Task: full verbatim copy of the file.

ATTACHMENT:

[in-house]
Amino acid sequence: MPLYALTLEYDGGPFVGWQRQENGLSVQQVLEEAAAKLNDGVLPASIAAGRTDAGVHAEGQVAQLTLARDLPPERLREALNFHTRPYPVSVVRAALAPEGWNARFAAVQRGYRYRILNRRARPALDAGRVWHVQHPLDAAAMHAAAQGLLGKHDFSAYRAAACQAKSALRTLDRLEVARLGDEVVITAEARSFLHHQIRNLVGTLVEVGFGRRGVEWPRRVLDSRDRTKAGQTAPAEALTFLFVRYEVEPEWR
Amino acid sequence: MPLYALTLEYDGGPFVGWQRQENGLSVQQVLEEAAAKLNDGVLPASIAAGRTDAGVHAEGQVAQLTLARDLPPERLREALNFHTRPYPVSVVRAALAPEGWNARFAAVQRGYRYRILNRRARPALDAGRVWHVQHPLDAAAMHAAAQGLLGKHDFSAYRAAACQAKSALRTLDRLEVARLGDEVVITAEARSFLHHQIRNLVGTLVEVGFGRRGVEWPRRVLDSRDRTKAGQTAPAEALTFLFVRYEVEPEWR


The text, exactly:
[in-house]
Amino acid sequence: MPLYALTLEYDGGPFVGWQRQENGLSVQQVLEEAAAKLNDGVLPASIAAGRTDAGVHAEGQVAQLTLARDLPPERLREALNFHTRPYPVSVVRAALAPEGWNARFAAVQRGYRYRILNRRARPALDAGRVWHVQHPLDAAAMHAAAQGLLGKHDFSAYRAAACQAKSALRTLDRLEVARLGDEVVITAEARSFLHHQIRNLVGTLVEVGFGRRGVEWPRRVLDSRDRTKAGQTAPAEALTFLFVRYEVEPEWR
Amino acid sequence: MPLYALTLEYDGGPFVGWQRQENGLSVQQVLEEAAAKLNDGVLPASIAAGRTDAGVHAEGQVAQLTLARDLPPERLREALNFHTRPYPVSVVRAALAPEGWNARFAAVQRGYRYRILNRRARPALDAGRVWHVQHPLDAAAMHAAAQGLLGKHDFSAYRAAACQAKSALRTLDRLEVARLGDEVVITAEARSFLHHQIRNLVGTLVEVGFGRRGVEWPRRVLDSRDRTKAGQTAPAEALTFLFVRYEVEPEWR